As he points out, political science research suggests that the partisan preferences of American nonvoters differ very little from those of people who vote in the status quo. Internationally, compulsory voting also has only relatively minor effects on partisan outcomes. It sometimes provides a modest boost to left-wing parties, but also is often a modest boon to far-right nationalist and racist parties. The political views of non-voters, however, do differ somewhat from those of people who do vote – but often in ways that American liberals would not be happy about.
In part because nonvoters tend to be less educated and more ignorant about politics than voters, they also tend to be more xenophobic, intolerant of racial and religious minorities, and more homophobic. They are more economically populist, as well, which translates into support for a larger welfare state, but also for various policies that go against basic economics 101 (including as understood by leading left-wing economists). If compulsory voting leads politicians to pay greater heed to the views of this group, the result will be policies that are more socially intolerant, more likely to be based on ignorance of economics, and more hostile to unpopular minority groups.
If there is any ideology that stands benefit from compulsory voting, it is relatively intolerant strains of big government social conservatism (the kinds of ideas associated with, e.g., Rick Santorum or Pat Buchanan in the US, or the National Front in France). If you are a liberal who believes that the most important goal is increasing the size of the welfare state or promoting protectionism against foreign imports, you might be willing to swallow the bile of increased social conservatism and xenophobia in order to make some progress on your primary goal. But you should at least recognize that this tradeoff exists. Moreover, because non-voters tend to be more ignorant than current voters and the ignorant tend to have less understanding of how government policies work, welfare state policies enacted at the behest of the former are less likely to be effective and more likely to be captured by special interest groups.
The impact of compulsory voting on public policy probably will not be large. Even when they do vote, people with very low levels of interest in politics tend to have less influence than more attentive voters. Because they don’t closely monitor the performance of politicians in office and often have little idea of what policies are being enacted, the latter can more often get away with ignoring their preferences. The effect of compulsory voting on party platform and government policy in the US is therefore likely to be modest – not the large “transformative” impact President Obama posited in his speech on Wednesday. But to the extent there is a transformation, it is likely to be one that liberals should have mixed feelings about, at best.
Perhaps matters would be different if forcing relatively ignorant people to vote led them to increase their knowledge of politics. But, as Jason emphasizes, social science research suggests that such a result is highly unlikely. That’s hardly surprising. If you generally find politics uninteresting and prefer to spend your time on other things (or simply have to focus your attention elsewhere because of familial or professional obligations), that preference is unlikely to change just because you are forced to go to the polls once every two years. As longtime British Prime Mininster Tony Blair once put it, “most people, most of the time, don’t give politics a first thought all day long. Or if they do, it is with a sigh…., before going back to worrying about the kids, the parents, the mortgage, the boss, their friends, their weight, their health, sex and rock ‘n’ roll.” This is particularly true of those who don’t find politics interesting for its own sake, which includes many of those who currently don’t vote.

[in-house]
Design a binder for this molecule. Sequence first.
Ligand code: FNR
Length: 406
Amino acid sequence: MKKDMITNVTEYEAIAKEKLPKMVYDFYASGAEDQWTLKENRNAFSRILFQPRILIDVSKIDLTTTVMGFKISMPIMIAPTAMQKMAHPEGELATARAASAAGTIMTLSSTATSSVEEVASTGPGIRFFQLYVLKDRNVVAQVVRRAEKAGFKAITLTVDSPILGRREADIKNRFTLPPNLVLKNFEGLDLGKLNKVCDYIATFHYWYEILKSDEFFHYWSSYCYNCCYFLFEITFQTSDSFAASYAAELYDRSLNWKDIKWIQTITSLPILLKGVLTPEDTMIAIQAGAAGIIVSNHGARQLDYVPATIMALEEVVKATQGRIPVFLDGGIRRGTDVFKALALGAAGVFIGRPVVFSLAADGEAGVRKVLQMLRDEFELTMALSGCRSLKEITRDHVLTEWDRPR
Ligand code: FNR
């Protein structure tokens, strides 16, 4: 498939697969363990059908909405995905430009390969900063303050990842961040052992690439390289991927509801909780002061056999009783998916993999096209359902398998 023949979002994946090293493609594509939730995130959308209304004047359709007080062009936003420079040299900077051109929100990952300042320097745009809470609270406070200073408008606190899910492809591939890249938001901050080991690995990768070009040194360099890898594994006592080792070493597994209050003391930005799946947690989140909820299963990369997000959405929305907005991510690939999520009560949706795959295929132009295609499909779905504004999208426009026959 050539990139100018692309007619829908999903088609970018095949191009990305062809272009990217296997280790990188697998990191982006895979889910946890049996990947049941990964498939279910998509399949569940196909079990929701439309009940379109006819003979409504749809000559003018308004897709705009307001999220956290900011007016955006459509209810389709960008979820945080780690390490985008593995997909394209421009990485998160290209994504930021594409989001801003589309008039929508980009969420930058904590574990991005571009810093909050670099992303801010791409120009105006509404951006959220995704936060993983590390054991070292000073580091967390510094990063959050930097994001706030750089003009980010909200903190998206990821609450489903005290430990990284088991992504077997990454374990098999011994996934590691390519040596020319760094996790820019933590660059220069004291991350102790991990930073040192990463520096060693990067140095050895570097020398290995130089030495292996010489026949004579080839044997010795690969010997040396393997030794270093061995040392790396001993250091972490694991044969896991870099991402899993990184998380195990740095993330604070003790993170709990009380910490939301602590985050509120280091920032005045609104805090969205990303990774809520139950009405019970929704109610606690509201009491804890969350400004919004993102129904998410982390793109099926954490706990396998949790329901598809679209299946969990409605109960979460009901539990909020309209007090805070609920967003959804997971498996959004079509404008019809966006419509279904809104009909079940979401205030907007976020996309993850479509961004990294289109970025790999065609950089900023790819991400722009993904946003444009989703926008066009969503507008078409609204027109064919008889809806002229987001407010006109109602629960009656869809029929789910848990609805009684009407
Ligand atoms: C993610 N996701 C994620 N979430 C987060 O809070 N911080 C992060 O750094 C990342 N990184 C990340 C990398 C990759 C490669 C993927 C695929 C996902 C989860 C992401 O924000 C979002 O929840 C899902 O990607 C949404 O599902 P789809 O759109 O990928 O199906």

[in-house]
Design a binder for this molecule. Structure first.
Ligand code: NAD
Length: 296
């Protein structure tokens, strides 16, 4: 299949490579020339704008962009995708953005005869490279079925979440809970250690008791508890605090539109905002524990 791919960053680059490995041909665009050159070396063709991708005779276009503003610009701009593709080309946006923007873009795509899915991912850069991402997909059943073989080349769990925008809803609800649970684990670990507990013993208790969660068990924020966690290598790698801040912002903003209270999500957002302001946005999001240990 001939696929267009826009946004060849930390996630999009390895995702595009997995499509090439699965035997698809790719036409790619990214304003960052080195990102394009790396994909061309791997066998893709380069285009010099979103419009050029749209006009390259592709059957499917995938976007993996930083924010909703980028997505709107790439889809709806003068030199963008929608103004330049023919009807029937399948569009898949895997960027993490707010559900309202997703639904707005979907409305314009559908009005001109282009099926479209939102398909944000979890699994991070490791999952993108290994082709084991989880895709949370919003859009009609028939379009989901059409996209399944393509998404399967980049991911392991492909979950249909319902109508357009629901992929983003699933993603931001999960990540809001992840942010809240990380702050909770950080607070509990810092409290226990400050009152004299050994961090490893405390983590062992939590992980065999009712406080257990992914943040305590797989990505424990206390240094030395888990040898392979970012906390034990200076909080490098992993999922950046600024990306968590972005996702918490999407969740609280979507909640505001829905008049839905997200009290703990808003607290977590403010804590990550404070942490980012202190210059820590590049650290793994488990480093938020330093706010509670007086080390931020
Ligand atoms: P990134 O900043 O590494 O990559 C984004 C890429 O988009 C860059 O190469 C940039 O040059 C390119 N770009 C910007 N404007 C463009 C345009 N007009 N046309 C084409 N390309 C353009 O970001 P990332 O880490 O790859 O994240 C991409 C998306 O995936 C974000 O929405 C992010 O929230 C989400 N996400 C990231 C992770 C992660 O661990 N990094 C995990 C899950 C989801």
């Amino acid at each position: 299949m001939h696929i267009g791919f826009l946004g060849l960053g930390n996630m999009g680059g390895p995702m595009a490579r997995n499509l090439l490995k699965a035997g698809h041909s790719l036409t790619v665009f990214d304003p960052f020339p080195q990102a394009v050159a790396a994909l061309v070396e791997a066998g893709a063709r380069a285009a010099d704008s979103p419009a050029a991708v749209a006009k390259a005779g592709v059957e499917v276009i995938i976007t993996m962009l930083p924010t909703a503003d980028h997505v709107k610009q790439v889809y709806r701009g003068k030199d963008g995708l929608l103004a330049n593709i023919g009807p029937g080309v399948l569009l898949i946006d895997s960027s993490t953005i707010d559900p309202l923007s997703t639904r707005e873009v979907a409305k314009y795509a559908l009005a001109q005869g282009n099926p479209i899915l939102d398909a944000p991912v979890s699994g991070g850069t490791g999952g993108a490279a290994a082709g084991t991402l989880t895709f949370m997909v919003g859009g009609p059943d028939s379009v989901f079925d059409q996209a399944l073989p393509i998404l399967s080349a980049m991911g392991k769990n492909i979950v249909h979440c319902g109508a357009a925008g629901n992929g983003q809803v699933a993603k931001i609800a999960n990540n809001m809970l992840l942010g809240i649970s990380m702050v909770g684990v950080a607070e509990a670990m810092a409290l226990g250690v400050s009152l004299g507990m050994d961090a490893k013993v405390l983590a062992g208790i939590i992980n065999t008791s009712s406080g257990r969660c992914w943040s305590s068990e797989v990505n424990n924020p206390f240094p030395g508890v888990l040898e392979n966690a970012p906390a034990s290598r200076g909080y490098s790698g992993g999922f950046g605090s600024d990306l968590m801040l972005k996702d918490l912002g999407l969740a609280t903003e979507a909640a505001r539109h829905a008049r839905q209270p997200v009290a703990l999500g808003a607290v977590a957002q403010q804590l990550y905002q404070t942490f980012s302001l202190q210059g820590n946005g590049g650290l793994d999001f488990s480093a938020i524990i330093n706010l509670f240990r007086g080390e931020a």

Finally, even if, due to the current distribution of public opinion, compulsory voting will bring public policy more in line with your preferences, you should still ask whether that result is worth the cost of saddling the nation with a more ignorant electorate in the long run. Even if comparatively ignorant voters happen to support better policies than more knowledgeable ones right now, it seems unlikely that this trend will continue over the long run. In Chapter 2 of my book on political ignorance, I discuss some situations where ignorance really does lead to (relative) bliss. But it would be extremely surprising if such cases turn out to be the rule rather than the exception.
UPDATE: Interested readers may also want to check out Jason’s more general summary of his argument against compulsory voting in this post.
UPDATE #2: I should emphasize that neither this post nor my other writings on compulsory voting and political ignorance take the view that non-voters are necessarily either stupid or indifferent to the welfare of society. I have long argued that political ignorance is mostly the result of individually rational behavior rather than stupidity. And, as I pointed out in my last post on mandatory voting, there are many ways that people can contribute to society other than by being well-informed voters. Non-voters aren’t necessarily either stupid or selfish. Some are likely far smarter and more admirable than the vast majority of their fellow citizens. But their relative political ignorance does become a problem if they start voting without remedying it (as is likely to occur if we move to a mandatory voting system).